Getting tested or treated for a life-threatening disease is nerve-racking for anyone, but it can be all the more so when outside of your home country.
Japan’s approach to breast cancer, with the annual death toll exceeding 10,000 (lower than typical rates in the West) is unique to some degree, what with the country’s egalitarian health-care system and particularly its long-standing custom of surgeons doing all the work. Experts say that surgeons here do everything from making a diagnosis to performing surgery to even prescribing medication.
This is different from practices in the West, especially in the United States, where treatment is divided among a team of specialists that include radiologists, oncologists, surgeons and — in later stages of cancer — palliative-care specialists, says Hirofumi Mukai, a breast oncologist at the National Cancer Center Hospital East in Chiba Prefecture.
“The Japanese practice has some merit, in that there is a sense of continuity in the treatment,” Mukai says. “Many Japanese feel more comfortable dealing with one doctor who knows everything about them.”
But even the best surgeons cannot specialize in all aspects of care, so doctors who are strong in some areas, such as diagnostic skills or chemotherapy, can be weak in other areas, Mukai says.
Health-care systems vary from country to country. The good news in Japan is that the country has a national health insurance system, which requires everybody to be insured, either as individuals or through their employer. This universal care system provides treatments that are approved by the government relatively cheaply. The bad news is that unapproved treatments, including ones common in the West, are out of reach for most patients.
Take, for example, a drug called trastuzumab, more commonly known under the trade name of Herceptin. Herceptin is an antibody used in the treatment of breast cancer, which attacks the HER2 protein that can fuel tumors. It has “a big influence” on patients here, Mukai says, because it is known to reduce the recurrence of breast cancer by half and is the only “targeted therapy” drug for breast cancer approved in Japan. Targeted therapy refers to medications that block the growth of cancer by interfering with the molecules needed for tumor growth, rather than simply attacking rapidly-dividing cells.
In Japan, Herceptin is covered by insurance only after the cancer returns or spreads to different parts of the body; Mukai says that in the United States and many parts of Europe, the drug is available for use in post-surgery treatment to prevent the cancer from coming back.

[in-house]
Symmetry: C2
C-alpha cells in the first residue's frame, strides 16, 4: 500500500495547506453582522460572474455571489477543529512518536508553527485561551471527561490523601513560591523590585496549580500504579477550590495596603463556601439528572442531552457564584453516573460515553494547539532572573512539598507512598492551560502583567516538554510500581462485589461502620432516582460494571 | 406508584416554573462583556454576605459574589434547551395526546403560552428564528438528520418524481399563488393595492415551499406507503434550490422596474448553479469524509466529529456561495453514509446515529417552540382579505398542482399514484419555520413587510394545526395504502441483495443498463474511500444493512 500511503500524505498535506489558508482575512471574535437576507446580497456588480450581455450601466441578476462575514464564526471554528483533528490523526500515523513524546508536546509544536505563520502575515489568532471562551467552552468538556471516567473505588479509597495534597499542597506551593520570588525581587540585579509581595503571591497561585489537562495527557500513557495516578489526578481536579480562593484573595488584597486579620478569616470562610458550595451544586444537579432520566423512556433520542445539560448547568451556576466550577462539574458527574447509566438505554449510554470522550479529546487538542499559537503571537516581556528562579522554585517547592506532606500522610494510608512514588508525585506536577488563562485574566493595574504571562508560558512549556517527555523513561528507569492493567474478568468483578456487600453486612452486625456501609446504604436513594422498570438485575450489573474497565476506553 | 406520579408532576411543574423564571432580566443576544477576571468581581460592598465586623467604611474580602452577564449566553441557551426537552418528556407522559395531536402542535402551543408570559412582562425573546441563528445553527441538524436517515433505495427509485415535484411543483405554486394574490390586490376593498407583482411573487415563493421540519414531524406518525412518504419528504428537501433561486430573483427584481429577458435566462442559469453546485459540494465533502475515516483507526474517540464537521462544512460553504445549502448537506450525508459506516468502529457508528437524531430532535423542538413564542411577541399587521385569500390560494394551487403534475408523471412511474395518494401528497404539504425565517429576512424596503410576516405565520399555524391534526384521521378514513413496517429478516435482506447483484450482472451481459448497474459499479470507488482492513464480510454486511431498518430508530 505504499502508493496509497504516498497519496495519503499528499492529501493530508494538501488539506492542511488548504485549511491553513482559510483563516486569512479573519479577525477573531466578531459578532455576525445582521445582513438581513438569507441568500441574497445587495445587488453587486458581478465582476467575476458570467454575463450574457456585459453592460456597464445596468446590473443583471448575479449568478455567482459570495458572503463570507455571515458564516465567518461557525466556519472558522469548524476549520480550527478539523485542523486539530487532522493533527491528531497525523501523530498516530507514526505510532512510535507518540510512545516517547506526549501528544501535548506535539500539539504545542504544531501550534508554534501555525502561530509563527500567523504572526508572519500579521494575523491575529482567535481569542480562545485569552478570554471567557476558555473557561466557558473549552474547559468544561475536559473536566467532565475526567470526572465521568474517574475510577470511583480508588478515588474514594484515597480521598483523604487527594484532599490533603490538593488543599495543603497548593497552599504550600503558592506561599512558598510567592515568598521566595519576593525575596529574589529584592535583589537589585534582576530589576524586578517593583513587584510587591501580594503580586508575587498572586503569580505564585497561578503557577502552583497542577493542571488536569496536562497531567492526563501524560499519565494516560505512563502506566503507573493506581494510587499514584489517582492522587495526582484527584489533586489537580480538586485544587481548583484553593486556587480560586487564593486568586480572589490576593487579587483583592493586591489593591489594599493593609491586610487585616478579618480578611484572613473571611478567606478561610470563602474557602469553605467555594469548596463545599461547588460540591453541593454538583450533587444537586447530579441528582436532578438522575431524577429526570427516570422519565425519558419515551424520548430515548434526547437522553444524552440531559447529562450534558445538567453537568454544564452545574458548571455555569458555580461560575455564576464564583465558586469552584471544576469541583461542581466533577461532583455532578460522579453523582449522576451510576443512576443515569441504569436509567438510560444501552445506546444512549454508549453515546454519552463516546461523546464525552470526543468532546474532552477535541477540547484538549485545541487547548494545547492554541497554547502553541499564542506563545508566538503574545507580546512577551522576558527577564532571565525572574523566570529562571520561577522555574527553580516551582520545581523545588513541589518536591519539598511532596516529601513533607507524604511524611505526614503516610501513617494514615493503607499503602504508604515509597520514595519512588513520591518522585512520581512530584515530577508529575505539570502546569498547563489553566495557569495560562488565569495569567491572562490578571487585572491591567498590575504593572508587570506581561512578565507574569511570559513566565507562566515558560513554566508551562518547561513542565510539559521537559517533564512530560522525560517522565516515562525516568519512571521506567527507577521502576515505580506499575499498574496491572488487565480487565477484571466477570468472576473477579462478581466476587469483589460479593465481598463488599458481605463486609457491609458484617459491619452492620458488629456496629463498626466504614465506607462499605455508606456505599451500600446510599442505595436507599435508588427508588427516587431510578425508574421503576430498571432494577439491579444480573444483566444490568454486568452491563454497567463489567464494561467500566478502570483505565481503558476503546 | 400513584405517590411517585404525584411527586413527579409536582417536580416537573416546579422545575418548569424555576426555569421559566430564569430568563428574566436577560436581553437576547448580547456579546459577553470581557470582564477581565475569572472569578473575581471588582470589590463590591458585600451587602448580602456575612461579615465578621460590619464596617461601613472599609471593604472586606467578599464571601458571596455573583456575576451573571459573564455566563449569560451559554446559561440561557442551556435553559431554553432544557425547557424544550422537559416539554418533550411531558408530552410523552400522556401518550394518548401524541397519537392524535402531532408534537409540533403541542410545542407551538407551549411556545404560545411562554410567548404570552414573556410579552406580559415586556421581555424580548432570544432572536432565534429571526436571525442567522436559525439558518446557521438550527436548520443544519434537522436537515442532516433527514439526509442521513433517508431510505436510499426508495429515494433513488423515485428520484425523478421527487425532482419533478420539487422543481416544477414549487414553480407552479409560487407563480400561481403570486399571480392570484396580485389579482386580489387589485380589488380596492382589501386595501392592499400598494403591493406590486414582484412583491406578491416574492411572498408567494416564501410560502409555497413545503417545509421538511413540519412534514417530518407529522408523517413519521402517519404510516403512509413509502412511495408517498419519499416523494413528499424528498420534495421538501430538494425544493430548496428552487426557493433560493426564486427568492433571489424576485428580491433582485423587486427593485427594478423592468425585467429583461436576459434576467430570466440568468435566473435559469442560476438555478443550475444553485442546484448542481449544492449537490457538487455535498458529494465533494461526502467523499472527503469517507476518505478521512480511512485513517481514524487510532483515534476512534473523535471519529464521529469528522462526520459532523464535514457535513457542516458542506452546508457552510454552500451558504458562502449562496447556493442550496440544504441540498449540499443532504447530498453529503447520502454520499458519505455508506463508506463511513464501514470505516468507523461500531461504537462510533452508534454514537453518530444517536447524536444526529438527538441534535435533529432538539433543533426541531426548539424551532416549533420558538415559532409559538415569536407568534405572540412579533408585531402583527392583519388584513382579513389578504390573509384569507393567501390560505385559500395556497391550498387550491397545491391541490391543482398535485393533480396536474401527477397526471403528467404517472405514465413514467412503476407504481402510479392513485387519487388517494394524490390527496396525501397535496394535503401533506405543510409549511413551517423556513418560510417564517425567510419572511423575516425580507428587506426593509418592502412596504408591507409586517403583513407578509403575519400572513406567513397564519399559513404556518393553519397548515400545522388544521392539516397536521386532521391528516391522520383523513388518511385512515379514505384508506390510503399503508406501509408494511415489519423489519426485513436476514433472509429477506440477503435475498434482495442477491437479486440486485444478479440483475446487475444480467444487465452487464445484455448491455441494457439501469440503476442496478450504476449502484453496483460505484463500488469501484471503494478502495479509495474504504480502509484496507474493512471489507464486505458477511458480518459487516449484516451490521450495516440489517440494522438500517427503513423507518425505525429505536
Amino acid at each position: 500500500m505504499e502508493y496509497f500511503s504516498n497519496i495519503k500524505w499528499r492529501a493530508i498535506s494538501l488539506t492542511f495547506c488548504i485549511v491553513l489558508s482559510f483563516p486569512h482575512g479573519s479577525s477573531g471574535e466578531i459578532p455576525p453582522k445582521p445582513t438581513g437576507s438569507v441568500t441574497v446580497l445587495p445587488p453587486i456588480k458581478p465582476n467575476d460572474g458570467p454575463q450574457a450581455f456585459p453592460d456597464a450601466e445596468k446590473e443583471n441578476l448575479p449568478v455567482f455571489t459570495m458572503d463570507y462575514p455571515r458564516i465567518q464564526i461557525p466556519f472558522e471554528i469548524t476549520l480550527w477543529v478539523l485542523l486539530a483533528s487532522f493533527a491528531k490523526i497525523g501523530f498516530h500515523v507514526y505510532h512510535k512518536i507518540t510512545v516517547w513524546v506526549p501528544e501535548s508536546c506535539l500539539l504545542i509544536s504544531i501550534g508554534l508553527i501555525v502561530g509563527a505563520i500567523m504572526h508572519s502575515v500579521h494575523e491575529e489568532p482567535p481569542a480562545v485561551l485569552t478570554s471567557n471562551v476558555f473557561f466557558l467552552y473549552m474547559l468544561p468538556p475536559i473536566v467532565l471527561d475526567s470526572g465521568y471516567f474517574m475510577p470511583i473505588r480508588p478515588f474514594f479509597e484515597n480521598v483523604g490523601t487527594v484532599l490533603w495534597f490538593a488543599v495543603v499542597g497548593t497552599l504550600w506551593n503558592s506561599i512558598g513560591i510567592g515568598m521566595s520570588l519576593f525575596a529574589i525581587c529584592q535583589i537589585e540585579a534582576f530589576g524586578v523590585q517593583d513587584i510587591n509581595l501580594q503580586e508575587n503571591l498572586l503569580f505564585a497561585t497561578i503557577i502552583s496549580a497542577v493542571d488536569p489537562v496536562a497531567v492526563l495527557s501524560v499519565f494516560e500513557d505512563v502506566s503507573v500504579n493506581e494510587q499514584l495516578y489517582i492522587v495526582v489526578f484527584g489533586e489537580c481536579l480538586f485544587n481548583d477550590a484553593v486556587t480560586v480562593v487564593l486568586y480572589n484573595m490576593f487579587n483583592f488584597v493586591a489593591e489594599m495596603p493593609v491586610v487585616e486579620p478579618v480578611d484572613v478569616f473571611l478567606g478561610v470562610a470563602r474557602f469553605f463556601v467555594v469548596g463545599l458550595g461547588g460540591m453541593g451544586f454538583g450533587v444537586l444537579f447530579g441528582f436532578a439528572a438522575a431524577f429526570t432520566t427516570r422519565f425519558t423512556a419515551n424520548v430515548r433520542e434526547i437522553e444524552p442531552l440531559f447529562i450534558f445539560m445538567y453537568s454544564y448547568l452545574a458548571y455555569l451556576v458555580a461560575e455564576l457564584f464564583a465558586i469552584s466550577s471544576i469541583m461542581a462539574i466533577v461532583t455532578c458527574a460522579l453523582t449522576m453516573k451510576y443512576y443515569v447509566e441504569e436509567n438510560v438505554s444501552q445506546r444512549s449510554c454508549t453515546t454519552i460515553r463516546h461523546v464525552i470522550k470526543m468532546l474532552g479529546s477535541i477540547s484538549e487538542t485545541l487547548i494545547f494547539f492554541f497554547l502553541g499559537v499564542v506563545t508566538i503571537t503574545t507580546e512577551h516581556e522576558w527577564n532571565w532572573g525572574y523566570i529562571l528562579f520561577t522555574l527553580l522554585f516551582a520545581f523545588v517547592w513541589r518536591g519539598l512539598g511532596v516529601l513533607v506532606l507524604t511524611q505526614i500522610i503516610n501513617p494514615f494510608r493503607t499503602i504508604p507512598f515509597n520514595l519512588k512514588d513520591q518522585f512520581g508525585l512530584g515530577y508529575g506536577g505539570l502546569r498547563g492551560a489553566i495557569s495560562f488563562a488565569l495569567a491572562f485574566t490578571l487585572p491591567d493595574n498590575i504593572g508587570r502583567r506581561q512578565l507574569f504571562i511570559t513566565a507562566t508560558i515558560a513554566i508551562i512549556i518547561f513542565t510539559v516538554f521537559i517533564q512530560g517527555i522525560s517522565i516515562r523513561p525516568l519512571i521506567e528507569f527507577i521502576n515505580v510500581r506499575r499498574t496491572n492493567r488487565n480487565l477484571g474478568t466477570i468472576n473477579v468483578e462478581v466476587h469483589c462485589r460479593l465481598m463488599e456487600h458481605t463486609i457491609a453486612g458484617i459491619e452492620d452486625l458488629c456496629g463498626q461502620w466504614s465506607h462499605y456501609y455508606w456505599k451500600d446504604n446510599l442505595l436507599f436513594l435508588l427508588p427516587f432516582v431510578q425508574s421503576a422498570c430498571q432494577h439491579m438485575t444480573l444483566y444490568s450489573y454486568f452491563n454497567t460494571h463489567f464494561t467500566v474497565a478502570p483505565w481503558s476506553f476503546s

Herceptin will probably be available insurance coverage for such usage next year, but currently those who want to have the drug prescribed must pay ¥3 million for the full-course, yearlong treatment, which excludes the cost of consultations with doctors and other fees, according to Mukai. What is worse, under Japanese law, patients who receive uninsured treatments such as Herceptin have their insurance coverage cut off for all other related procedures, because the government does not allow patients to mix insured and uninsured treatments. This could change, though, following a recent district court ruling that deemed such practices unlawful.
In Japan, more women are now having only parts of their breast removed and are keeping non-cancerous areas, whereas in the United States, the trend is going in the opposite direction. An October study published in the Journal of Clinical Oncology found that 4.5 percent of 152,755 breast-cancer patients examined had their unaffected breast surgically removed along with their affected breast in 2003, up from 1.8 percent in 1998. Todd Tuttle, the study’s lead author and chief of surgical oncology at the University of Minnesota Medical School, has been quoted in the New York Times saying: “The comment patients make is, ‘I just want to be done with it.’ They never want to have another mammogram again; they never want to have another biopsy again.”
Seigo Nakamura, director of breast surgical oncology and director of the Breast Center at St. Luke’s International Hospital in Tokyo, says that, unlike in the United States, a double mastectomy immediately followed by breast reconstruction surgery is not a treatment option here because breast construction is not insured and, besides, few reconstruction experts exist.
Another disadvantage for patients in Japan is that genetic testing for BRCA1 and BRCA2 genes, inherited mutations of which can greatly increase a woman’s breast-cancer risk, is not covered by insurance, either. St. Luke’s Breast Center is one of the few places that offer the test, but at a hefty cost of ¥200,000, Nakamura says.
The upside is, for anyone interested in a screening for breast cancer, most municipalities now offer subsidized mammography X-ray tests for women aged 40 or older. Screening programs vary from city to city, cover different age groups and are offered at different intervals. Most cities offer an X-ray exam every two years, either free of charge or for a nominal fee of ¥500 or ¥1,000. Some provide a combination of mammography and, if requested, screening using ultrasound.
Though both mammography and ultrasound screening can detect small tumors, some experts say ultrasound is preferred for those younger than 40 because the high density of mammary glands in women in their 30s makes it difficult for cancerous tissues to be found. Ultrasound is also widely used during surgery, as many Japanese surgeons are skilled at operating ultrasound machines and removing tumors on the spot, says Nakamura.
“That’s probably the only thing we can be proud of as being advanced in the world,” he says.